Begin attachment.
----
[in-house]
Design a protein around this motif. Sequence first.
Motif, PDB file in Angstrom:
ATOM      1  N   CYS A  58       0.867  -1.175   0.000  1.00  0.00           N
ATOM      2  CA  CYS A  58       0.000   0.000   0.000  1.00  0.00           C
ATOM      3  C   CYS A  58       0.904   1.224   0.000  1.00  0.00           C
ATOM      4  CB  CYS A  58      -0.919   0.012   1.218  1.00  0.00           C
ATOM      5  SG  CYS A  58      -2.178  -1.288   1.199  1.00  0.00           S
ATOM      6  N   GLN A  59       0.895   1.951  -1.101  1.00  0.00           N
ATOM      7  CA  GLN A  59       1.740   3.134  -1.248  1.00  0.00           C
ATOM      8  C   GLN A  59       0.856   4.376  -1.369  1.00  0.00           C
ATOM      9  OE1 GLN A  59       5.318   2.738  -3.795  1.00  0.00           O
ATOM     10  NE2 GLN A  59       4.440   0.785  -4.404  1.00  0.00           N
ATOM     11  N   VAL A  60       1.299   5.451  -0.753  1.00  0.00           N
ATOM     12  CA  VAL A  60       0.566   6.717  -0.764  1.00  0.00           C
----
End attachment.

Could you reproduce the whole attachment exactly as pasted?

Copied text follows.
[in-house]
Design a protein around this motif. Sequence first.
Motif, PDB file in Angstrom:
ATOM      1  N   CYS A  58       0.867  -1.175   0.000  1.00  0.00           N
ATOM      2  CA  CYS A  58       0.000   0.000   0.000  1.00  0.00           C
ATOM      3  C   CYS A  58       0.904   1.224   0.000  1.00  0.00           C
ATOM      4  CB  CYS A  58      -0.919   0.012   1.218  1.00  0.00           C
ATOM      5  SG  CYS A  58      -2.178  -1.288   1.199  1.00  0.00           S
ATOM      6  N   GLN A  59       0.895   1.951  -1.101  1.00  0.00           N
ATOM      7  CA  GLN A  59       1.740   3.134  -1.248  1.00  0.00           C
ATOM      8  C   GLN A  59       0.856   4.376  -1.369  1.00  0.00           C
ATOM      9  OE1 GLN A  59       5.318   2.738  -3.795  1.00  0.00           O
ATOM     10  NE2 GLN A  59       4.440   0.785  -4.404  1.00  0.00           N
ATOM     11  N   VAL A  60       1.299   5.451  -0.753  1.00  0.00           N
ATOM     12  CA  VAL A  60       0.566   6.717  -0.764  1.00  0.00           C